Earlier this year, it was reported that Apple was looking into the concept of completely eliminating a physical input for headphones on the next-generation iPhone. And perhaps unsurprisingly this news was greeted with widespread consternation among customers who would have had to buy a brand new wireless set come September.
Thankfully, the latest leaks suggest that this unpopular decision has been overturned and that the iPhone 7 will indeed feature a 3.5mm socket, according to Pocket Lint.
Interestingly the first smartphone to arrive without a headphone socket has already been announced, with Chinese manufacturer, LeEco, debuting just such a device.
The iPhone 7’s alleged elimination of the headphone socket was thought to be a two-pronged strategy designed to both reduce the thickness of the device and also convince people to either purchase wireless headphones or a new wired set, which would plug into the Lightning port on the bottom of the handset.
Apple is not against taking design decisions which rub customers up the wrong way, but hopefully this will prove a step too far for a company which has seen iPhone sales fall for the first time this year.
South Korean smartphone maker, Samsung, sold more phones in the first quarter of 2016 than any other company, allowing it to maintain its position at the top of the market and stave off competition from second place Apple, which actually suffered its first sales slide in years.
Third place went to Chinese firm, Huawei, which has gradually been increasing its grip on the market in the UK with a string of affordably priced, impressively built devices.
Meanwhile the world’s fourth biggest manufacturer was found to be Oppo, another company originating in China which is still just building up its profile as a brand in Britain.
Oppo saw sales increase by 153 per cent in Q1, compared with Apple’s 16 per cent decline. The iPhone still shifted 51 million units during this period, but there are clearly plenty of buyers who are holding out for the arrival of the iPhone 7 in the autumn.
The top five companies, three of which are Chinese, account for 58 per cent of all mobile sales. This means that many well known companies, including Sony and LG, are currently having to fight it out over a much smaller share.
Samsung has been at the forefront of display technology for some time, introducing boundary-pushing models like the Galaxy Edge, which feature curved screens. And now industry sources believe that the South Korean manufacturer could be gearing up to introduce its first truly flexible handset next year, according to SamMobile.
The ability to actively bend and even completely fold a phone is something that Samsung and others have been working towards in recent years, not only because this will make devices far more durable but also because it will introduce new ways to interact with software.
Leaks suggest that the first foldable Samsung phone will go by the name of the Galaxy X and will be capable not just of responding to mild physical manipulation, but of completely folding in on itself.
Samsung’s domestic rival LG has introduced pseudo-flexible phones already, with the G Flex range showing that the technology is already in place to make this a possibility. But the Galaxy X sounds all the more ambitious.
While it is unlikely that the next flagship Galaxy S handset ends up emerging as the Galaxy X, it could be that Samsung enters this new niche with a stand-alone phone in 2017.
On the 30th of April the cost of calling, texting and using data services while visiting other countries within the EU will fall significantly, hopefully putting an end to painfully high bills being levied against continental travellers.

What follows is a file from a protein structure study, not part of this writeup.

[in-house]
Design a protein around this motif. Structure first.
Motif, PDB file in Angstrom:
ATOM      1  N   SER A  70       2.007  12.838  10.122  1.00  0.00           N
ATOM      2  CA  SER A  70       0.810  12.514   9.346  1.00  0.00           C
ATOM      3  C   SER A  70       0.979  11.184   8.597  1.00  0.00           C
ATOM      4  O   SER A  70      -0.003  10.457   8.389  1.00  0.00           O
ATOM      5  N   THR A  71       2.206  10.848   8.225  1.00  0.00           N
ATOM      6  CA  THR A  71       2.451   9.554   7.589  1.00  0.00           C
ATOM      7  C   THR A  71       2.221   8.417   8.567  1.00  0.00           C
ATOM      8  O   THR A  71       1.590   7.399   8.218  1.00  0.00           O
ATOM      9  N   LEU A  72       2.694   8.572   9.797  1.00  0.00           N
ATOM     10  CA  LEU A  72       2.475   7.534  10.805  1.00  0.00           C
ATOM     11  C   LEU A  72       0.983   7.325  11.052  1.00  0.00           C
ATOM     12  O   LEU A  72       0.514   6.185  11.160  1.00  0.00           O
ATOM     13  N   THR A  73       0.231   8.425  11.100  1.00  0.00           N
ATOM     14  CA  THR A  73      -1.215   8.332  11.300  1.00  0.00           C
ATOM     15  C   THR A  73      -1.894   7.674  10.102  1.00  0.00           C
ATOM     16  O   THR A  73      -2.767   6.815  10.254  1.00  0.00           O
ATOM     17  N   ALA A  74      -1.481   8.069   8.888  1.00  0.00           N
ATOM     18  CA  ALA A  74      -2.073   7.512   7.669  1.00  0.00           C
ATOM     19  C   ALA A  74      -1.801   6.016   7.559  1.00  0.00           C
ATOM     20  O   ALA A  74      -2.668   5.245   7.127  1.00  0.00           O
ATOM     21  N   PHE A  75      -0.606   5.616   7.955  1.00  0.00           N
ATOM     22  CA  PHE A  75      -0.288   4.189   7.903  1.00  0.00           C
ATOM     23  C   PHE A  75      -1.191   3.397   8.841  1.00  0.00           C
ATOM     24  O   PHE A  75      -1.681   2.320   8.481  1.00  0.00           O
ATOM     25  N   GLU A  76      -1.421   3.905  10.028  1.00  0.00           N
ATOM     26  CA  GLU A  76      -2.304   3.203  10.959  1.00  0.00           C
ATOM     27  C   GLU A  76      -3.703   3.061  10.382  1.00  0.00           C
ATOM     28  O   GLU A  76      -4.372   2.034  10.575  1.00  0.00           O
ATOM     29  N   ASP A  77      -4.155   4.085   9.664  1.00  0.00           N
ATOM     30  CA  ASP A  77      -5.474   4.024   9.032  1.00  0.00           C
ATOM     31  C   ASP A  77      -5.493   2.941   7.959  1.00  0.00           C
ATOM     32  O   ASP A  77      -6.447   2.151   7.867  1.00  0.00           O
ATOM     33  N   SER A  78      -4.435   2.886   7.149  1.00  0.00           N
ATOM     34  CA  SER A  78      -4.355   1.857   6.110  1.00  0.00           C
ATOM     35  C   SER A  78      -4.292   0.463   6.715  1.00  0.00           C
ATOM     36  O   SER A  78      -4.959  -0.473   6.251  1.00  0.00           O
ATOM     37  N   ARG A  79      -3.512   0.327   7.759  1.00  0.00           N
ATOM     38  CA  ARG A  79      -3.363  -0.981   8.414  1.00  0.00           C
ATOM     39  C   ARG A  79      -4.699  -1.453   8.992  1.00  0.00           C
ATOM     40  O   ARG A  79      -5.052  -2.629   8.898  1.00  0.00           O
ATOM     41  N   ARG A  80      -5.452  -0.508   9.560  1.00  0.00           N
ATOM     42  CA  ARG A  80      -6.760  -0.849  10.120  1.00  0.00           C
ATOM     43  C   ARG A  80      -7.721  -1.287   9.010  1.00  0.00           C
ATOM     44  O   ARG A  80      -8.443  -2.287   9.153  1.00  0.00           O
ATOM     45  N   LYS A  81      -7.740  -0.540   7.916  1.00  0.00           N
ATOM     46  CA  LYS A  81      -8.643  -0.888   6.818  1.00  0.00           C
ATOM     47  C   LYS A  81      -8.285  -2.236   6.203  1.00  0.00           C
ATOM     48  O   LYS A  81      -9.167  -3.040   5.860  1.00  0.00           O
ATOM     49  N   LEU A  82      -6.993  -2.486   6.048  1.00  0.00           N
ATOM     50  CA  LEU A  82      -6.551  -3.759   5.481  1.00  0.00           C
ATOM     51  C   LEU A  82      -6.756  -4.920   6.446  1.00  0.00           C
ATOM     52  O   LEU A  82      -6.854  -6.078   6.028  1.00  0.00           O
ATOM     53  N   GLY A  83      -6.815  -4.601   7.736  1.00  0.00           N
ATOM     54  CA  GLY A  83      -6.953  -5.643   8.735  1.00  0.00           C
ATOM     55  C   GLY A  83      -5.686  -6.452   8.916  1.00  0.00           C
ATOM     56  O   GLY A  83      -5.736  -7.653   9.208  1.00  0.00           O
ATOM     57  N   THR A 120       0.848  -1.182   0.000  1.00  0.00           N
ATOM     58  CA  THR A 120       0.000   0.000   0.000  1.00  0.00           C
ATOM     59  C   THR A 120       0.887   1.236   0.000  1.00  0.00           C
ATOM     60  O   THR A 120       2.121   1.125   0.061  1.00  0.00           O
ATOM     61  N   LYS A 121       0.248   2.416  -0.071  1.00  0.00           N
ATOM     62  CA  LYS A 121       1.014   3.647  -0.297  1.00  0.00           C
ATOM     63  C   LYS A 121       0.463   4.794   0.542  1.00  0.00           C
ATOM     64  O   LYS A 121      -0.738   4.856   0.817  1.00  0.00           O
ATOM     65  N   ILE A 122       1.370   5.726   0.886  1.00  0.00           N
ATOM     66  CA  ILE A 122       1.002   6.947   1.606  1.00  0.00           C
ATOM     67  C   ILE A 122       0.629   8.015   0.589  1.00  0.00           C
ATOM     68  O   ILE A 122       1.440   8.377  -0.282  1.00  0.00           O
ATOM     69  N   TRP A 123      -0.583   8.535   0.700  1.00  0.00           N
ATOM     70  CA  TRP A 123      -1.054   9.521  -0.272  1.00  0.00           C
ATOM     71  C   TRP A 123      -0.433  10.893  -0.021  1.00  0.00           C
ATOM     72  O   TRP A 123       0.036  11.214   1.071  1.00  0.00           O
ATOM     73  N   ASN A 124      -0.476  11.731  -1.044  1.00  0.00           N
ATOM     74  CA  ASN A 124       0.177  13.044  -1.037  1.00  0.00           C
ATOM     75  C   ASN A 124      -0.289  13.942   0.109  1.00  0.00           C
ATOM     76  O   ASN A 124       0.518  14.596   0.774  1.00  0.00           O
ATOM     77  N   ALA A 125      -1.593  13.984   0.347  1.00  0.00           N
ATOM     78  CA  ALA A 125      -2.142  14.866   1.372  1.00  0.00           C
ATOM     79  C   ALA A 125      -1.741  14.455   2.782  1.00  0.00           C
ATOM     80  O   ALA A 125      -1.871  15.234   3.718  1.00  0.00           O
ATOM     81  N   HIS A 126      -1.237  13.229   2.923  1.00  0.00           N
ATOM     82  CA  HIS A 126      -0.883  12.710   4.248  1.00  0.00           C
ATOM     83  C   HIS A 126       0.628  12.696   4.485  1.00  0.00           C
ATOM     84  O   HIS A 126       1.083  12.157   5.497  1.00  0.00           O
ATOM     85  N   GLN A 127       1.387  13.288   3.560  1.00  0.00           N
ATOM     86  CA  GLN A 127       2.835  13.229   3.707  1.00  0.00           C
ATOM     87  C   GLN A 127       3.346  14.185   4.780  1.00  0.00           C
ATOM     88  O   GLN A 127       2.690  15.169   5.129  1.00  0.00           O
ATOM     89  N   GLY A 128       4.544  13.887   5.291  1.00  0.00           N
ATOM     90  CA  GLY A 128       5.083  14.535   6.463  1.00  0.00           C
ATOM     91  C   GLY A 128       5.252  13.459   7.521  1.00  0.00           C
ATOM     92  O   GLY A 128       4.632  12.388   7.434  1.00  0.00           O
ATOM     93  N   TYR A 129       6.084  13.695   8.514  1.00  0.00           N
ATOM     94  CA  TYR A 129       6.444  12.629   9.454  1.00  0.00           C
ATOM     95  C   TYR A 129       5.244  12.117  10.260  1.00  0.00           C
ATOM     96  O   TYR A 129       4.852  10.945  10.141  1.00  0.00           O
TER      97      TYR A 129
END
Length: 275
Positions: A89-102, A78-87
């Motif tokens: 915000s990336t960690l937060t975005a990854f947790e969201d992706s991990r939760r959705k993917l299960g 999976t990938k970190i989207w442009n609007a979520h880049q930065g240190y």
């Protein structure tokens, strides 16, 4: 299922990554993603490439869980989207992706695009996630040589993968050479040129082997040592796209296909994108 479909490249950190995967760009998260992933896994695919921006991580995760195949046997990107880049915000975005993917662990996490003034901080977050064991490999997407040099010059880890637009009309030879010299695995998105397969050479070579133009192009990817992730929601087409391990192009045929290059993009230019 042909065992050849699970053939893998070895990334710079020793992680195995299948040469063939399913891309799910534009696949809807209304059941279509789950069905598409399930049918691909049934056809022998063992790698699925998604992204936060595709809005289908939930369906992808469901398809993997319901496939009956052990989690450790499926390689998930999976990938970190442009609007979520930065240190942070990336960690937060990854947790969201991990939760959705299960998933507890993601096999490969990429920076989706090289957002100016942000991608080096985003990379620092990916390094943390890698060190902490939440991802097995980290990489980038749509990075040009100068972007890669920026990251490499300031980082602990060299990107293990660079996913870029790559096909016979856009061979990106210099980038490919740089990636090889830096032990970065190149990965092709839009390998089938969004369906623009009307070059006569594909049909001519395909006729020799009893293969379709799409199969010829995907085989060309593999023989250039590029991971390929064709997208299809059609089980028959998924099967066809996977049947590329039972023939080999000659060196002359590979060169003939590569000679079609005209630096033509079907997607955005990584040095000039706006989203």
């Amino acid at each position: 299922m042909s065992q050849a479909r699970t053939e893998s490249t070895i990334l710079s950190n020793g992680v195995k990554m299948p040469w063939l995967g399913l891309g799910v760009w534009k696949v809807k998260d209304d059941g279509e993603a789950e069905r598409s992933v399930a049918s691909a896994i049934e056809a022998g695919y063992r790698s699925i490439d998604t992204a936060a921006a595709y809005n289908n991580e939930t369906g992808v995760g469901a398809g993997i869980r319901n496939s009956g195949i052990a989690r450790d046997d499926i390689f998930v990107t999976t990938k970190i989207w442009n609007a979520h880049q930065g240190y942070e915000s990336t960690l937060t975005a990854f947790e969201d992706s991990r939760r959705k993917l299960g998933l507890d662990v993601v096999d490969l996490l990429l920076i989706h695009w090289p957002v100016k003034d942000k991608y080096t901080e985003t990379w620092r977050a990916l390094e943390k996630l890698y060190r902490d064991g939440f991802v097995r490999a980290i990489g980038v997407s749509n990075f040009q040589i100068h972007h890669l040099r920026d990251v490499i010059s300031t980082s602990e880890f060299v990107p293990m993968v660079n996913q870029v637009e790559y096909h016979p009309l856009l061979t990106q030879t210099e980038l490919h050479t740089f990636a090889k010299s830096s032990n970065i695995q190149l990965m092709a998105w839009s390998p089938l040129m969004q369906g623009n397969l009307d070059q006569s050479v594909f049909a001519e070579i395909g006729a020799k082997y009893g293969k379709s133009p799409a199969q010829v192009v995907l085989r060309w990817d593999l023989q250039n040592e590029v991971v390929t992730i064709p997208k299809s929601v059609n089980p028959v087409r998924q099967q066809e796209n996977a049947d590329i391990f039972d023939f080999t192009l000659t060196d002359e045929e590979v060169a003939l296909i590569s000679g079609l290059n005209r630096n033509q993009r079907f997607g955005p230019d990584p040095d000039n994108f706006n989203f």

While in the past it was possible for network providers to place extortionate charges on roaming overseas, new legislation means that the maximum cost of calls has been set to 3p per minute, with each text costing just 1p and the cost of data falling to only 3p for each megabyte downloaded.
TechRadar points out that most companies will still charge UK mobile users VAT on top of these standard prices, adding a minimal amount to the total.
This is a step in the right direction, meaning holidaymakers can happily pull out their smartphones and stay in touch with friends and family back home without incurring serious costs for roaming. Next June the abolition of roaming charges across the EU will be introduced, allowing people to eat into their inclusive minutes, texts and data and avoid additional expenses altogether.
With the EU vote looming, customers in the UK will be pleased to hear that, irrespective of the outcome, the abolition of roaming charges is almost certainly going to stick.
The fragile nature of certain smartphones makes them unsuitable for people whose jobs could put their handset at regular risk of damage, or for owners who are simply a little clumsy.
Now a new model announced by toolmaker, DeWalt, is setting out to address this issue head-on and compete with other hardwearing rivals, such as those produced by Caterpillar.
In terms of toughness, the MD501 is impressively sturdy, being able to survive a two metre tumble onto solid surfaces and work effectively in freezing temperatures as well as in desert-like conditions of up to 60 degrees Celsius.
Internally, it features a 1.3GHz quad core processor and 2GB of RAM, allowing it to run Android 5.1 effectively. It also has a pair of SIM card slots, making it ideal for business and personal use, along with wireless charging capabilities meaning people who wear gloves to work do not need to fumble around with charging cables.
Water and dust-proofing completes the list of DeWalt’s first mobile’s capabilities. And because it runs on the Android operating system, it will be fully compatible with a wide range of apps and services that will make it useful in a number of environments.